Miles Sanders Bounces Back: ‘Nobody Can Break Me, Man'

GREEN BAY, Wis. - So much happened afterwards it's easy to forget the play that changed everything in the Eagles' win over the Packers Thursday night. 

The Eagles trailed 10-0 and had been outgained 200-85 early in the second quarter when rookie Miles Sanders, on his sixth career kickoff return, blasted up the left sideline for 67 yards, all the way down to the Packers' 34-yard-line.

Philadelphia Eagles

Complete coverage of the Philadelphia Eagles and their NFL rivals from NBC Sports Philadelphia.

Eagles Need ‘Fans' in the Stands to Help Autism Challenge

Doug Pederson Says He'd Have Full Authority to Bench Carson Wentz

After a miserable first quarter when it looked like the Eagles were about to get embarrassed, it gave the Eagles life.

"I wanted to do whatever it takes to help this team win," Sanders said. "Just saw a big hole and ran through it. That's all I could do. We got a touchdown on that drive, so that was big."

The Eagles outscored the Packers 34-17 after Sanders' explosive kick return and won 34-27. His return - the Eagles' longest since a Josh Huff 98-yarder in 2016 - gave the Eagles a huge lift when they desperately needed one.

"That was huge," Carson Wentz said.

Sanders was huge all night.

Jordan Howard ran for 87 yards and two touchdowns and caught a third touchdown, but Sanders continued his steady growth with 11 carries for 72 yards, including a career-long 30-yarder that set up Howard's third touchdown.

Don't look now but the guy who struggled so badly the first two weeks, then fumbled twice last week now has a respectable 4.0 average a month into his rookie season and has 262 yards from scrimmage in his first four career games.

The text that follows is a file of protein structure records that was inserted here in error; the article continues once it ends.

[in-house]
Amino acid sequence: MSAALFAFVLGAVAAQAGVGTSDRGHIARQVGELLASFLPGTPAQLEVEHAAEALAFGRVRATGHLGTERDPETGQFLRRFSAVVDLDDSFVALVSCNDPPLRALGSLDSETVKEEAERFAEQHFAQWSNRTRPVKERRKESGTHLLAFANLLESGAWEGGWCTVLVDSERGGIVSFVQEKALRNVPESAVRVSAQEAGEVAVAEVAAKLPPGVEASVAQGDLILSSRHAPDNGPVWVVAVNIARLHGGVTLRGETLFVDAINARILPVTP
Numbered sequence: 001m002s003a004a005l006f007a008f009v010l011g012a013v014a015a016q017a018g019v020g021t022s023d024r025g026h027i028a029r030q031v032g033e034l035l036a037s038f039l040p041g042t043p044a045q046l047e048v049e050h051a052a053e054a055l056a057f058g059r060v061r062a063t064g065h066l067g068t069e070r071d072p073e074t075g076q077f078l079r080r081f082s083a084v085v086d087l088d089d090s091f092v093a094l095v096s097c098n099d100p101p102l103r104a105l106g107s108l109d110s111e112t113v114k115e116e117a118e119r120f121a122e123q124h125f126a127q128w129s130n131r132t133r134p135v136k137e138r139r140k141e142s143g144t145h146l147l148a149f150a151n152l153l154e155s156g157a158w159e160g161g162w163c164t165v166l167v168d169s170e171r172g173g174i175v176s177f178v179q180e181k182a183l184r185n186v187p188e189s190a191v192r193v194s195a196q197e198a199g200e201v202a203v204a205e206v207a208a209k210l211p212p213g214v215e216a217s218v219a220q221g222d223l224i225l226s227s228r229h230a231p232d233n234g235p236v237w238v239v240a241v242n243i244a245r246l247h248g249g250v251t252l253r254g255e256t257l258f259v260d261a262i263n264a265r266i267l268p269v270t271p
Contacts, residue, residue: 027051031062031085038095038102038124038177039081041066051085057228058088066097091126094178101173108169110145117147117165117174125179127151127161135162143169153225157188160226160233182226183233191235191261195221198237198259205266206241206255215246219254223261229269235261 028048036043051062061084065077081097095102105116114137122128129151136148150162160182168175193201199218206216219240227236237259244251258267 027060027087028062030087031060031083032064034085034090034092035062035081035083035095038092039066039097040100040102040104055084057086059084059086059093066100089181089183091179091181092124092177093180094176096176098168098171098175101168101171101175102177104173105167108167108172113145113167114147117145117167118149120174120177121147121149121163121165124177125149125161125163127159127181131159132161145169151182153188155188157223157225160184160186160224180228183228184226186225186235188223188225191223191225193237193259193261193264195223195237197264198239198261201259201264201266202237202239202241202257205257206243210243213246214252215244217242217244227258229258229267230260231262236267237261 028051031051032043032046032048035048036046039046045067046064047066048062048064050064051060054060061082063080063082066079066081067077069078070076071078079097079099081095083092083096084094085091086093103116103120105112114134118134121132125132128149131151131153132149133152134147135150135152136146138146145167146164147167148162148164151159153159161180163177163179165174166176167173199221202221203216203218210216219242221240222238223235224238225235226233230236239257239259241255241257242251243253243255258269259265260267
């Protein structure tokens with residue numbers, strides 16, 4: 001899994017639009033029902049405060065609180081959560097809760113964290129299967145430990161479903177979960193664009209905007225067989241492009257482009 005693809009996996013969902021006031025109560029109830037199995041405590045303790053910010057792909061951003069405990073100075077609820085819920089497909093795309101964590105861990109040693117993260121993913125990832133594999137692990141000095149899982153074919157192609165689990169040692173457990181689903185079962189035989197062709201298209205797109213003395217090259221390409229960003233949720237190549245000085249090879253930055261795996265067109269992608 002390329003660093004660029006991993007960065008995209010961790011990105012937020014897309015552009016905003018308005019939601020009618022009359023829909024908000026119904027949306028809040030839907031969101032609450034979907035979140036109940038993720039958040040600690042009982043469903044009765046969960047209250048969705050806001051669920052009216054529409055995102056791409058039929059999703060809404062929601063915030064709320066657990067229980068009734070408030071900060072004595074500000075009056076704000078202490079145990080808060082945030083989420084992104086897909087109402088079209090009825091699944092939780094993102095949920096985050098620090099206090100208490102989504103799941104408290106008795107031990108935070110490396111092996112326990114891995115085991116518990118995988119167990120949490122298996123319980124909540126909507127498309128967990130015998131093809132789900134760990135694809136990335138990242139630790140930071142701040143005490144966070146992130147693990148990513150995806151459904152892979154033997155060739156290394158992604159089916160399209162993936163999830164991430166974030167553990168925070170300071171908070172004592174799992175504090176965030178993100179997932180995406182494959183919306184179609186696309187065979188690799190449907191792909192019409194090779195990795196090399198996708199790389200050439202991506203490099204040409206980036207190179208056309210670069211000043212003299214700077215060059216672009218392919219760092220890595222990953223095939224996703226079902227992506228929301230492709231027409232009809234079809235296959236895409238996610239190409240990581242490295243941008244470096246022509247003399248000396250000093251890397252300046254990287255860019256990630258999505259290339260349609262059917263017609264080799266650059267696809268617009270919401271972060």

More than Brian Westbrook, more than LeSean McCoy, more than his position coach Duce Staley.

Sanders heard the boos during the Lions game and knows some fans wanted him benched after he fumbled twice on the same drive, losing the second one.

"Nobody can break me, man," he said. "I can't be broken. Long season, keep grinding, get better every day. I put the fumbles behind me and just kept working."

With 66 yards from scrimmage per game, Sanders trails only Oakland's Josh Jacobs - a first-round pick - in scrimmage yards per game among rookie running backs.

You can just see him getting more and more comfortable every week. On Thursday night, he looked fast, strong and elusive. For the most part, he hit the hole hard instead of dancing around. 

The results speak for themselves. 

His 6.6 average Thursday night is 13th-highest by a rookie in franchise history (with a minimum of 10 attempts).

The improvement has been eye-popping. Seriously, he looked like a different runner Thursday night than the guy we saw against the Redskins and Falcons, when he was a combined 21-for-53. 

The last two weeks, he's shown everybody just how talented he is. 

"That's because of the guys I'm around," he said. "They demand greatness. I don't have any choice but to come in and get better. I give thanks to the guys around me keeping my confidence and making sure I'm keeping my head up."

Sanders is 22 years old and starting to show why the Eagles drafted him in the second round and why they stuck with him during his early struggles.

Some people forgot there are no busts after two games.

Sanders looks like a special player.

Click here to download the MyTeams App by NBC Sports! Receive comprehensive coverage of your teams and stream the Flyers, Sixers and Phillies games easily on your device.

More on the Eagles

Copyright CSNPhily
Contact Us